I discovered running after I left my violent husband. It was just something I felt compelled to do. Running helped me quit a four-pack-a-day smoking addiction and improved my whole day if I did it first thing in the morning. My feet didn’t hold up well, though, and I dealt with one injury after another until a sports orthopedist diagnosed a congenital foot defect. Still, after eight and a half years, I ran a marathon.

That race and the years of training and overcoming injuries changed something in me. Running hollowed out my soul chamber, as Steines phrases it, and gave me a place to put all my doubts and insecurities. Even though I now prefer walking, I know that whatever happens, I can handle it.

Mary Zelinka Albany, Oregon

Steven Miller’s photo on the front of your August 2023 issue is otherworldly and full of mystery. It makes a beautiful cover!

Sue Z. Smith Weatogue, Connecticut

Hannah Soyer’s essay “Chair/Body/Home” [July 2023] gave me a new perspective on the challenges that people who use wheelchairs face throughout their lives. I have known and worked with many wheelchair users, but I was never aware of how minuscule differences between models of chairs could affect their comfort. I’m grateful to Soyer for opening my eyes and for her wonderful writing.

Sara Cody Brunswick, Georgia

I can’t count how many times I’ve callously pitched donation requests from worthy organizations in the trash. Derek Askey’s letter to subscribers, however, hooked me [“Become a Friend of The Sun,” December 2023]. His chance meeting with an elderly woman who put his troubles in perspective is a reminder of how fortunate many of us are. It’s the type of story that I’ve come to expect from The Sun, and it motivated me to donate when I might not have otherwise.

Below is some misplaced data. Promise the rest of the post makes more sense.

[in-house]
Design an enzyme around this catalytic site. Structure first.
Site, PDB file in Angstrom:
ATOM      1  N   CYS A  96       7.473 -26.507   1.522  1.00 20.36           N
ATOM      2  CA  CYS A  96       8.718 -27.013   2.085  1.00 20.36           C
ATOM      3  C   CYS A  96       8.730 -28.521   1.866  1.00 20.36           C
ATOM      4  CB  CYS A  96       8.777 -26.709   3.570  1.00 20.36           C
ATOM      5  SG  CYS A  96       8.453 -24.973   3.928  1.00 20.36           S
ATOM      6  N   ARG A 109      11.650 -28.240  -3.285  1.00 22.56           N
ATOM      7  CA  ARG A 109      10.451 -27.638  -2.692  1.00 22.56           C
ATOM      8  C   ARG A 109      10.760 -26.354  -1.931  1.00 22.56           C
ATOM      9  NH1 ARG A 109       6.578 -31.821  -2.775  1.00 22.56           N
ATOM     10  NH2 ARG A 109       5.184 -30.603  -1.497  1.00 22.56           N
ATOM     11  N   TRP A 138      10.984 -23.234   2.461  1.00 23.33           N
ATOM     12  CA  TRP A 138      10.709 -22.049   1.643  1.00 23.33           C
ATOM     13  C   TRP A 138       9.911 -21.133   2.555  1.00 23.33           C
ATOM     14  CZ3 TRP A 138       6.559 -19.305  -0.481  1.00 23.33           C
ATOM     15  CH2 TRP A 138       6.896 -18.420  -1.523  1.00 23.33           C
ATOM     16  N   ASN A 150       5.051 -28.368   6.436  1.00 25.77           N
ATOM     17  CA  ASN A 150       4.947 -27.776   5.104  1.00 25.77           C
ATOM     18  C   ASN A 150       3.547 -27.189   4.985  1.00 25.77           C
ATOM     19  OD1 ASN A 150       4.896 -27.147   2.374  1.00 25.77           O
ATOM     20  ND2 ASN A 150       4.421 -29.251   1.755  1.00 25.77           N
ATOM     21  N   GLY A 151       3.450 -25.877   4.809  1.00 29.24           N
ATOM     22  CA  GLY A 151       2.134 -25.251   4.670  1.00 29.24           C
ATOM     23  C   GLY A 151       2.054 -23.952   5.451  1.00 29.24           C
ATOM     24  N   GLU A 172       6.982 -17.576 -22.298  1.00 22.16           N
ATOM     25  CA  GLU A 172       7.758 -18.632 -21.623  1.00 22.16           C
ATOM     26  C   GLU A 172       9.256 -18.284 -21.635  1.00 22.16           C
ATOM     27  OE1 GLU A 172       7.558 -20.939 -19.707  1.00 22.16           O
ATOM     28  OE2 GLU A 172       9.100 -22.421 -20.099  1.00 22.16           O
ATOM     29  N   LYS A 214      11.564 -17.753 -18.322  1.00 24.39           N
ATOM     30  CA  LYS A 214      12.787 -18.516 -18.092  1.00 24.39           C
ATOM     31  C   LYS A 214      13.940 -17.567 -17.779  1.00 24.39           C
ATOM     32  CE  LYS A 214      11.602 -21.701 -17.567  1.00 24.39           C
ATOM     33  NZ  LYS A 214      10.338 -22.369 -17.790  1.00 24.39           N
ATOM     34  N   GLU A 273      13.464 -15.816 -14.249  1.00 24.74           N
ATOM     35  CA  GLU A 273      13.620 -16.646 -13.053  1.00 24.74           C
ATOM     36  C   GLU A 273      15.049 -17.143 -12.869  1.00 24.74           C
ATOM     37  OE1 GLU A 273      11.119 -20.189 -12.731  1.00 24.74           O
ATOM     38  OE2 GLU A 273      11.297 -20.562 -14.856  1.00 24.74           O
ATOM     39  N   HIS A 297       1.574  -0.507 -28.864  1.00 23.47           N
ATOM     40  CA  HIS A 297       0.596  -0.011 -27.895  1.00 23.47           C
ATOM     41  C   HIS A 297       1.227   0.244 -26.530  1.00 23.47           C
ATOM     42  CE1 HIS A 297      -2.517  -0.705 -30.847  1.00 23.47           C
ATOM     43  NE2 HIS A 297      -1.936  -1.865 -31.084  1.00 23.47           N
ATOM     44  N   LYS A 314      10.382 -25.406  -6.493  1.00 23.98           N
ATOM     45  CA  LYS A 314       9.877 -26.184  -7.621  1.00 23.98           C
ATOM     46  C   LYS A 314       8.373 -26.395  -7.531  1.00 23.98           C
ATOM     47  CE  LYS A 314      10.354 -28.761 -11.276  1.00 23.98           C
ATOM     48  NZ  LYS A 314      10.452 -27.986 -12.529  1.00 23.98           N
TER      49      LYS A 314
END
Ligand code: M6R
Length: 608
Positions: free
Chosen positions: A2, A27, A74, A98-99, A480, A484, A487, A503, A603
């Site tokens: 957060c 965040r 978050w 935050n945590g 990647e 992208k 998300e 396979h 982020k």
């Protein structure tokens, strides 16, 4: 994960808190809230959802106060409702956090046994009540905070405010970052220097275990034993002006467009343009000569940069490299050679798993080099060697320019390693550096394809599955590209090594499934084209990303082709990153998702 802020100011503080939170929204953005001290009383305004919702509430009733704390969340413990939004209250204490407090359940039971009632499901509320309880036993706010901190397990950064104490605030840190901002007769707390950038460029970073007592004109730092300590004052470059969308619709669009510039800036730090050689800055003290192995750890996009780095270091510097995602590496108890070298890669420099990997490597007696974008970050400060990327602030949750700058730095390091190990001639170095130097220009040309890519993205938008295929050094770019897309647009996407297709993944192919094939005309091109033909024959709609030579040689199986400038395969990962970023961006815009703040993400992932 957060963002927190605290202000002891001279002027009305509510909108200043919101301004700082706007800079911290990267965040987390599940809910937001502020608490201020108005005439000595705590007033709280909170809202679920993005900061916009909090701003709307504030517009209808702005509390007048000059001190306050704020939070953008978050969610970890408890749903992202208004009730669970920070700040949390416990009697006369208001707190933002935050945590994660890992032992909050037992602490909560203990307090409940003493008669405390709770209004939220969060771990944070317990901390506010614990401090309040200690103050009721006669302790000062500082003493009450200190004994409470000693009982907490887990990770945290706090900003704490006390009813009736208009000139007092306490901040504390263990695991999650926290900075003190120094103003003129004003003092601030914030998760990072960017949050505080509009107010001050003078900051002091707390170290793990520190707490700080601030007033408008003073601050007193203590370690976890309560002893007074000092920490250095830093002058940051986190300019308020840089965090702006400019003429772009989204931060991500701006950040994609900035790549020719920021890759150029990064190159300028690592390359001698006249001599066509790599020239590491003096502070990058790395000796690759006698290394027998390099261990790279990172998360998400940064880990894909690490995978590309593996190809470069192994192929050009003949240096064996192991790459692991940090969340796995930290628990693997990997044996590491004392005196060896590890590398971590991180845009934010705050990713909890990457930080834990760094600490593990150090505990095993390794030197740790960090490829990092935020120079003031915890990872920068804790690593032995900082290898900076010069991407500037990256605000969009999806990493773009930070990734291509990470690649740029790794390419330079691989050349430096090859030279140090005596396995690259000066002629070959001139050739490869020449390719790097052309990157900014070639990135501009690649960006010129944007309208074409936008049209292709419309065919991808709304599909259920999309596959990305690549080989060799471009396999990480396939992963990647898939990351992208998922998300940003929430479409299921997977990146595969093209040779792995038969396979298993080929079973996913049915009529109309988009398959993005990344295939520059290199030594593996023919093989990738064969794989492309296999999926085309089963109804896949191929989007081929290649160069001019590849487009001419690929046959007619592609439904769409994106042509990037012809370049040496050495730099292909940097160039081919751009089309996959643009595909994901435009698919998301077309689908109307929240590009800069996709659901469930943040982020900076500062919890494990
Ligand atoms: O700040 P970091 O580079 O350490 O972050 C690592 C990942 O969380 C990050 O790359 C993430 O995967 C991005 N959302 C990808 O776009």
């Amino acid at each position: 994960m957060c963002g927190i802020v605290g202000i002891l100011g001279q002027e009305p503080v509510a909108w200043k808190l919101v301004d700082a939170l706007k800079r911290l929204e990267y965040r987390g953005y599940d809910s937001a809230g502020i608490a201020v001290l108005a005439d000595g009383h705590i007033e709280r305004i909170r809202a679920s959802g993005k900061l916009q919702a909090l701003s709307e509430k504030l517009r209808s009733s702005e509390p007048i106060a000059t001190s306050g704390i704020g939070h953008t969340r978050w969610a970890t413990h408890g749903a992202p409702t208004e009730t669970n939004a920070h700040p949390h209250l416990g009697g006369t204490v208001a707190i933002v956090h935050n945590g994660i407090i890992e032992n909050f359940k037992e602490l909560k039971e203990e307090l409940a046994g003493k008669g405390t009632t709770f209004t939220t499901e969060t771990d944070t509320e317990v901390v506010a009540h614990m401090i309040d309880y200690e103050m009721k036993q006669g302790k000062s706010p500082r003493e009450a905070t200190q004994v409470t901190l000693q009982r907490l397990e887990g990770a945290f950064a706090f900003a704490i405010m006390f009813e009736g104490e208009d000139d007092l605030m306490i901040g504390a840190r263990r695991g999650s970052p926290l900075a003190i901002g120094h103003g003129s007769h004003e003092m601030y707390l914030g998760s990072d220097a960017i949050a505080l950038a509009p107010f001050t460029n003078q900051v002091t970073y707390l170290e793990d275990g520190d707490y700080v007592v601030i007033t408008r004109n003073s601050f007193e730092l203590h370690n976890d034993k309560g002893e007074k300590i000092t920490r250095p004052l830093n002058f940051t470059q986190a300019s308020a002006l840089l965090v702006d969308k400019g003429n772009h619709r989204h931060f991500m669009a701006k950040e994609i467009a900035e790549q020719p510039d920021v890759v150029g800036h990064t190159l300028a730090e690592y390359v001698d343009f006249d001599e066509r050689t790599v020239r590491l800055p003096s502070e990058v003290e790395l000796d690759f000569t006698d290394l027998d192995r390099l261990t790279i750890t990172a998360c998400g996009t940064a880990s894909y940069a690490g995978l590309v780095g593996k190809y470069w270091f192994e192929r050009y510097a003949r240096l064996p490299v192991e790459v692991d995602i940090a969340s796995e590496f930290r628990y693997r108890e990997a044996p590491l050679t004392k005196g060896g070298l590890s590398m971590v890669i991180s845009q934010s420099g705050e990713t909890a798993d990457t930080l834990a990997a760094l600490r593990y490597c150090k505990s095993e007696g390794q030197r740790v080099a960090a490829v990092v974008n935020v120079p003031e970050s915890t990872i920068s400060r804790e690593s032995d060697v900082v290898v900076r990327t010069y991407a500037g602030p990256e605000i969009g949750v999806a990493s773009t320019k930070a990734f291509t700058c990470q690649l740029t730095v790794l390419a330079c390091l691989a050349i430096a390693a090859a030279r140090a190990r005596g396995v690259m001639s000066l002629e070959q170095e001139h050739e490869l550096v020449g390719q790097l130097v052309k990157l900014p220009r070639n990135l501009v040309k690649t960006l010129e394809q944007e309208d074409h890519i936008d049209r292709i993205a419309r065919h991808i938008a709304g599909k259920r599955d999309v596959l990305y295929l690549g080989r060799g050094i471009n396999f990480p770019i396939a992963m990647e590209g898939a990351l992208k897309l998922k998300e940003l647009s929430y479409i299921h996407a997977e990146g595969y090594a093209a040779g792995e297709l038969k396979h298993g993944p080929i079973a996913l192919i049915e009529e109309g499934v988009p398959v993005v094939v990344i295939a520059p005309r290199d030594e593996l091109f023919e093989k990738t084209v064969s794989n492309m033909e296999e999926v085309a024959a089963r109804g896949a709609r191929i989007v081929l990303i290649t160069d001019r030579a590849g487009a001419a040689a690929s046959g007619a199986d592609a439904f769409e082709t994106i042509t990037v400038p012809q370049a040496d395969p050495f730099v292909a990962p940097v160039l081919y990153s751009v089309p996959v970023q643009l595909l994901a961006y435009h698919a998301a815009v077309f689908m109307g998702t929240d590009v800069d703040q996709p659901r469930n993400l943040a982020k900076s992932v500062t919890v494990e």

Deanna Hotchner Hoffman Estates, Illinois

I enjoyed the prose poem “What If Pain No Longer Ordered the Narrative,” by Erin Hoover, which you shared with newsletter subscribers—a pleasant lagniappe. The introduction to the poem mentions that the author is an unpartnered, queer mom in the South. Nevertheless it spoke to me—a cisgender, partnered male.

Eric La Brecque Penngrove, California

The words “no spare people” in Erin Hoover’s poem brought tears to my eyes as I thought of all who have gone before me. It is an incredibly moving turn of phrase that will stay with me.

Suzanne Delp Lancaster, Pennsylvania

You can read Erin Hoover’s “What If Pain No Longer Ordered the Narrative” in this issue. Sign up for our newsletter to receive web-exclusive publications, author interviews, and monthly Sun-archive selections delivered to your inbox.